The U.S. Senate’s “Gang of Six” plans to fix the deficit created by the disastrous Bush-Cheney economic policies and $400 billion per year tax cuts by … making people who are currently young work longer before they’re allowed to retire on Social Security & Medicare, and cutting Medicaid to the disabled & needy. How fair does that seem to you?
In the wake of President Obama’s right-leaning fiscal commission, we now have the Senate’s solidly-right Gang of Six. While the Democrats range from progressive to conservative (Illinois’ Dick Durbin, Virginia’s Mark Warner & North Dakota’s Kent Conrad) leaving them with a moderate middle, the group’s Republicans are all far right conservatives (Georgia’s Saxby Chambliss, Oklahoma’s Tom Coburn & Idaho’s Mike Crapo).
So is it any surprise that while some good ideas are coming out of the Gang of Six talks – trimming wasteful defense spending, cutting subsidies to gigantic food corporations, trimming the regressive & sprawl-inducing mortgage deduction – they’re being overshadowed by some truly bad ones?
While the emerging proposal by the so-called Gang of Six won’t increase tax rates, [Mark Warner] said it will include scrapping some tax breaks and limiting others, such as shrinking to $500,000 from $1 million the size of mortgages on which interest payments can be written off or scaling back deductions for charitable giving.
Details of the plan — still under negotiation and being drafted for release as early as next week, according to a person familiar with the talks — are scarce, given the group’s secretive discussions. Yet Warner said it will involve spending cuts on health care, defense, agriculture and other domestic programs, along with changes to Medicare, Medicaid and Social Security.
Previous reporting has indicated we can expect those changes to Social Security & Medicare to include raising the retirement age for future retirees, which amounts to a steep cut in benefits. And it would leave workers with precious little actual retirement – if the retirement age is raised to 70, with a life expectancy of 75 for the average American male, someone like me could expect just five “golden years.” MoveOn.org will drive home that point today with a “Don’t Work Us Till We Die” event at 11:45am at Sen. Warner’s Norfolk office.
So why are these life-altering cuts being greeted with indifference?
Because conservatives, heavily funded by billionaires who hate paying their fair share, have spent decades telling young people that Social Security & Medicare won’t be there for them. And many a mindless Democrat has parroted that rhetoric. After growing up hearing that Social Security & Medicare won’t be there for them with no alternative narrative, a generation of Americans are unfazed by legislative threats to the social safety net.
But there’s a major flaw with the conservative narrative: It’s simply false. Social Security is doing just fine – the entire rationale for making dramatic changes today is that the program might run out of money … in 2037. That’s right, we’re supposed to shred the social safety net NOW to avert a possible threat 26 years down the road.
Which leads to an inherent contradiction of the “we must gut the social safety net to save it” argument. Somehow, we’re supposed to believe it’s pro-future generations to raise the retirement age & cut benefits only on those future generations – while leaving benefits for current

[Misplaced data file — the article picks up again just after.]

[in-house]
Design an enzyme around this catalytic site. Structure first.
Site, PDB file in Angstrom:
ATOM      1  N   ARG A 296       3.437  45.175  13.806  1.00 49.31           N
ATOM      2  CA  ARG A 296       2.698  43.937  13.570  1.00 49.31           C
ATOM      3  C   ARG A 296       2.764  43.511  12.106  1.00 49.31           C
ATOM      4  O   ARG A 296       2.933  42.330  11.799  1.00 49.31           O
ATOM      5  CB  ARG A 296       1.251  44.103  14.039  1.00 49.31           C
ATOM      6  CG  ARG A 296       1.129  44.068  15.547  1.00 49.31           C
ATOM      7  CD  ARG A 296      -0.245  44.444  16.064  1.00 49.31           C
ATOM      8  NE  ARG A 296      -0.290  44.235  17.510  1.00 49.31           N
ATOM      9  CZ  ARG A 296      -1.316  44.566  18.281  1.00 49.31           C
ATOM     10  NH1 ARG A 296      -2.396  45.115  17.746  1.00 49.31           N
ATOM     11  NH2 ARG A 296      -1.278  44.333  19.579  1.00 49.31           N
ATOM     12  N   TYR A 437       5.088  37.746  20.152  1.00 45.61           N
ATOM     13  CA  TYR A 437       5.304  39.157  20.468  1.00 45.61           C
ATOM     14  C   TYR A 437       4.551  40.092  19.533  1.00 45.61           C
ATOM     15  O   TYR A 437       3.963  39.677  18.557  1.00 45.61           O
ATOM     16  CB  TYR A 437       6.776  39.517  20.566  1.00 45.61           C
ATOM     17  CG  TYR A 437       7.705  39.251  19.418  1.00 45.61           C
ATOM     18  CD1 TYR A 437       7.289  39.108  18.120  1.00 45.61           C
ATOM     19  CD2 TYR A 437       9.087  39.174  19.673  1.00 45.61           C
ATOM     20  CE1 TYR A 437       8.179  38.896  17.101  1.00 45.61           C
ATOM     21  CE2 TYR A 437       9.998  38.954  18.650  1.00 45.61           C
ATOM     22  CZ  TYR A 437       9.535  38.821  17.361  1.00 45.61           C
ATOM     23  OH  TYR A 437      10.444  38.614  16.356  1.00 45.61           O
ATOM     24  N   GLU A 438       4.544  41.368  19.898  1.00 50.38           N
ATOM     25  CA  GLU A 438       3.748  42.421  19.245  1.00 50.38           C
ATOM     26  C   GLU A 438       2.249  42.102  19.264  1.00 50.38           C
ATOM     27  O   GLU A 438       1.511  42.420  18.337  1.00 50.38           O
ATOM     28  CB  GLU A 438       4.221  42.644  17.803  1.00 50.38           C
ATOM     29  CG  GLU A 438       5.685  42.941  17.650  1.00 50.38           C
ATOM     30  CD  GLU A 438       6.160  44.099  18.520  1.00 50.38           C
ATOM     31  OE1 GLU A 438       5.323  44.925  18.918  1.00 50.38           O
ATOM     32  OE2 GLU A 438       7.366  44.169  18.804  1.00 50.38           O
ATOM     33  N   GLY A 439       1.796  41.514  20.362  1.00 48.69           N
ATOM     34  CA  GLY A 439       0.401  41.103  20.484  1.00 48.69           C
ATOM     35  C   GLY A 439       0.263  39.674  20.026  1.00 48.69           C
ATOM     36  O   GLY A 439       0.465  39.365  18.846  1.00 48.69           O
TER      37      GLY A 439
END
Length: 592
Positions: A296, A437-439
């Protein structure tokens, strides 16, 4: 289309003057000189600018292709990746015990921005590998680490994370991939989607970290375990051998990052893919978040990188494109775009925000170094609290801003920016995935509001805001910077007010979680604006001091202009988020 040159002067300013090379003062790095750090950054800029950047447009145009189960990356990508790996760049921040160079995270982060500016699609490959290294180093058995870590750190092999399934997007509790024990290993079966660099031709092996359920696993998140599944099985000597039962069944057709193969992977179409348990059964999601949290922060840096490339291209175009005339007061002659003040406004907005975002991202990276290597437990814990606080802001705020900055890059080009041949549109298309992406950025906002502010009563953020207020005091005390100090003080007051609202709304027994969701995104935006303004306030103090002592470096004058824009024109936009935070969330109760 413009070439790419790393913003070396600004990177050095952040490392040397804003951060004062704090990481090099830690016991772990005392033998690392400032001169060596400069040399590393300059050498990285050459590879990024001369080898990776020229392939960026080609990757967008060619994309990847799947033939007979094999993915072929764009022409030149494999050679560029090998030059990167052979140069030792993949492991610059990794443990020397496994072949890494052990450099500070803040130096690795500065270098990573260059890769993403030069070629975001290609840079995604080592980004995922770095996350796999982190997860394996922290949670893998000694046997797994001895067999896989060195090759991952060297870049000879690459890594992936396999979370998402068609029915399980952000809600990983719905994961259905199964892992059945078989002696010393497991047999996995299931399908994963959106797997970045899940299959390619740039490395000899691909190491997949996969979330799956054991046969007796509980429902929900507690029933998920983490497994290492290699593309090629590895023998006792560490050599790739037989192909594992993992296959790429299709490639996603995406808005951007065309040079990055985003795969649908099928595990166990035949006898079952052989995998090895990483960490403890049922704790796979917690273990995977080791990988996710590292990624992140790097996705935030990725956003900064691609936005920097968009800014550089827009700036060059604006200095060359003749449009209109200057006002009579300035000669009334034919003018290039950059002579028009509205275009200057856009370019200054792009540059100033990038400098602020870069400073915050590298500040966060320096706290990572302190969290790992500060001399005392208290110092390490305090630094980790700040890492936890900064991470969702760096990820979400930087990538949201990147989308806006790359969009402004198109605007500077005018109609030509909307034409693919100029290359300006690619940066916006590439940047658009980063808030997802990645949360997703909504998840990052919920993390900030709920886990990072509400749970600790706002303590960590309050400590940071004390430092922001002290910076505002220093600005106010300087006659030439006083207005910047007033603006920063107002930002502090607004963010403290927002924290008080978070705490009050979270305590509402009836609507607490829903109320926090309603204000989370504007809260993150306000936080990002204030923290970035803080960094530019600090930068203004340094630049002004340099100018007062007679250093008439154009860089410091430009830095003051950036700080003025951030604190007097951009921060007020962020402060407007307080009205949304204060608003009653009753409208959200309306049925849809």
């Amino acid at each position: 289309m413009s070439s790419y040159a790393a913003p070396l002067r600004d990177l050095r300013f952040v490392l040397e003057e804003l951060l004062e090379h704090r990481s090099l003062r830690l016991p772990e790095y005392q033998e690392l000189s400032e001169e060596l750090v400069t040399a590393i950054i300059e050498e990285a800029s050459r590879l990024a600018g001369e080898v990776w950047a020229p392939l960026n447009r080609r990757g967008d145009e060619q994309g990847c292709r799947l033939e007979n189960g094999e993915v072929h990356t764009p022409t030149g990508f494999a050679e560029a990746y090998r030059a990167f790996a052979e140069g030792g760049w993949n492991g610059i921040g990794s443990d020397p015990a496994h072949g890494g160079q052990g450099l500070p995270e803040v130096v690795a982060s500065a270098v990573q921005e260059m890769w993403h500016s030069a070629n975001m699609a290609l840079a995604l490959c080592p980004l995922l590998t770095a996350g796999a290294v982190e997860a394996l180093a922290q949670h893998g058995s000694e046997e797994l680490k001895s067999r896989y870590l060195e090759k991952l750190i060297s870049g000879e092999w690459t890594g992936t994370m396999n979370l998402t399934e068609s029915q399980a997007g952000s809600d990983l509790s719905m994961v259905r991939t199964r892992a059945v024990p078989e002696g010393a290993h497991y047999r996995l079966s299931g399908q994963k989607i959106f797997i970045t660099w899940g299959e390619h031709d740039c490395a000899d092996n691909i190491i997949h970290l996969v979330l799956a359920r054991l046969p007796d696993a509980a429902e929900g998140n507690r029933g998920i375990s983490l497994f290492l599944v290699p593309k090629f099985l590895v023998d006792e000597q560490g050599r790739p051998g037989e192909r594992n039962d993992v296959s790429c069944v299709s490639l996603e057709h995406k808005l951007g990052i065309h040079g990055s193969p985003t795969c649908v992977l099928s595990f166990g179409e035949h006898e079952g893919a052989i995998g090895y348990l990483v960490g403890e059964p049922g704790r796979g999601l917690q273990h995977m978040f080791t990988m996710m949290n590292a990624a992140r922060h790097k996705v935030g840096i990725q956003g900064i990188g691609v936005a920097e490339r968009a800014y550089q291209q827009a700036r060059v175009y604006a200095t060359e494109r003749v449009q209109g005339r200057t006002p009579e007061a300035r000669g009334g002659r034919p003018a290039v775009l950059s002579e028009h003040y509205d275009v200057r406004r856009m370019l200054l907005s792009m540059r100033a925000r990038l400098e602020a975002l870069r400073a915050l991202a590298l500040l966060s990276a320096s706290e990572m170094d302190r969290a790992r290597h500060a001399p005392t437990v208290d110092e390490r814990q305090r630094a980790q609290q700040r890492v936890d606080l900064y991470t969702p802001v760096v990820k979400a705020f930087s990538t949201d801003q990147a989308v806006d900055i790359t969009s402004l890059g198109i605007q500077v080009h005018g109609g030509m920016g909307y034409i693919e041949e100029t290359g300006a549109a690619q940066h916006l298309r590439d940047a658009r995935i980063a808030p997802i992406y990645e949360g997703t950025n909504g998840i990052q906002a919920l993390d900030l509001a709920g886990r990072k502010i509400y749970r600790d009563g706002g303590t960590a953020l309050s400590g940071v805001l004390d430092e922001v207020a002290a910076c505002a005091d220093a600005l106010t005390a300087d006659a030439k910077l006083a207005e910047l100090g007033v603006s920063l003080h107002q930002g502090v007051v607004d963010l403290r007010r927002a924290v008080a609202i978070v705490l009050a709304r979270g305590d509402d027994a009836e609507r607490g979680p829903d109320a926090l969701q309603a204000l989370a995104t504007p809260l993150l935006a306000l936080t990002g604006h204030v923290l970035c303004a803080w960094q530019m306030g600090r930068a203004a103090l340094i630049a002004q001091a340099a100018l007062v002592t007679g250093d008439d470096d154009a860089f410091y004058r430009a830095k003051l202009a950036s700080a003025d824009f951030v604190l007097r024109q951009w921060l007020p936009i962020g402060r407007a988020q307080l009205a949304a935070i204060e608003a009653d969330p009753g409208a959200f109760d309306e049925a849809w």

frequent voters retirees untouched.
Let’s also point out that if Congress does nothing – allowing the Bush tax cuts to expire, Medicare doc fix is either implemented or its repeal is paid for, and the Affordable Care Act is fully implemented – the budget will balance itself. Sure, Medicare will drive up government expenditures, but Medicare is only in trouble to the extent that we’re all in trouble thanks to skyrocketing health care costs – and raising the retirement age does nothing to address that issue.
That’s why if anyone tries to tell you the budget is in crisis, it’s because they want to do something crisis-provoking to the budget – usually extending the debt-exploding Bush tax cuts or creating new ones – while ignoring other obvious avenues of new revenue (such as a tax on carbon pollution) in the name of anti-tax extremism.
Of course, there’s a budget that addresses fiscal concerns without shredding the social safety net. It’s the Congressional Progressive Caucus budget. So why isn’t that being considered by the Very Serious People in Washington, Paul Krugman?
The answer, I’m sorry to say, is the insincerity of many if not most self-proclaimed deficit hawks. To the extent that they care about the deficit at all, it takes second place to their desire to do precisely what the People’s Budget avoids doing, namely, tear up our current social contract, turning the clock back 80 years under the guise of necessity. They don’t want to be told that such a radical turn to the right is not, in fact, necessary.
But, it isn’t, as the progressive budget proposal shows. We do need to bring the deficit down, although we aren’t facing an immediate crisis. How we go about stemming the tide of red ink is, however, a choice – and by making tax increases part of the solution, we can avoid savaging the poor and undermining the security of the middle class.
Republicans know how to play this game – they’re digging in their heels, setting the tone of the debate and declaring their refusal to negotiate until the last minute, if at all. Meanwhile, top Democrats are already declaring their support for the Gang of Six, giving up their leverage before we even see an initial proposal.
As a 33-year-old, I’m not sure if Social Security and Medicare will be there for me when I retire – but if they’re gone, it won’t be because of fiscal instability – it will be because they were negotiated away by the Democrats that workers thought we’d elected to protect us.